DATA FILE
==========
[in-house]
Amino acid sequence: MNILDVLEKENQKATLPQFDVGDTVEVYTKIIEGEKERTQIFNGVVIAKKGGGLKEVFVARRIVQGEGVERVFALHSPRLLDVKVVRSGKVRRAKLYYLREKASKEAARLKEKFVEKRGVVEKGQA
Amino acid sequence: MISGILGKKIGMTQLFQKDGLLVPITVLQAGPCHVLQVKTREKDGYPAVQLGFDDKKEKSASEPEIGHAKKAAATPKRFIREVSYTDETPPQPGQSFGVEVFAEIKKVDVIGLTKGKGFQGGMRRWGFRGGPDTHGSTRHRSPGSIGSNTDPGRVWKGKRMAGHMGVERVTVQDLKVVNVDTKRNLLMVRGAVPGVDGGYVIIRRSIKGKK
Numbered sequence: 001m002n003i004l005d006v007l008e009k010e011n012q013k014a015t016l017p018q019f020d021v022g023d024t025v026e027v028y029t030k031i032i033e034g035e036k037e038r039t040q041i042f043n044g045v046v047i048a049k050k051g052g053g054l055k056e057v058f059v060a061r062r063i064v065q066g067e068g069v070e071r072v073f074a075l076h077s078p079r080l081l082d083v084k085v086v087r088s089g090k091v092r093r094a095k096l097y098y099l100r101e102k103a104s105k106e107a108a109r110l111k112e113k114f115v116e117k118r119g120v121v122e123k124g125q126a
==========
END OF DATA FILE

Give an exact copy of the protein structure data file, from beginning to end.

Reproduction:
[in-house]
Amino acid sequence: MNILDVLEKENQKATLPQFDVGDTVEVYTKIIEGEKERTQIFNGVVIAKKGGGLKEVFVARRIVQGEGVERVFALHSPRLLDVKVVRSGKVRRAKLYYLREKASKEAARLKEKFVEKRGVVEKGQA
Amino acid sequence: MISGILGKKIGMTQLFQKDGLLVPITVLQAGPCHVLQVKTREKDGYPAVQLGFDDKKEKSASEPEIGHAKKAAATPKRFIREVSYTDETPPQPGQSFGVEVFAEIKKVDVIGLTKGKGFQGGMRRWGFRGGPDTHGSTRHRSPGSIGSNTDPGRVWKGKRMAGHMGVERVTVQDLKVVNVDTKRNLLMVRGAVPGVDGGYVIIRRSIKGKK
Numbered sequence: 001m002n003i004l005d006v007l008e009k010e011n012q013k014a015t016l017p018q019f020d021v022g023d024t025v026e027v028y029t030k031i032i033e034g035e036k037e038r039t040q041i042f043n044g045v046v047i048a049k050k051g052g053g054l055k056e057v058f059v060a061r062r063i064v065q066g067e068g069v070e071r072v073f074a075l076h077s078p079r080l081l082d083v084k085v086v087r088s089g090k091v092r093r094a095k096l097y098y099l100r101e102k103a104s105k106e107a108a109r110l111k112e113k114f115v116e117k118r119g120v121v122e123k124g125q126a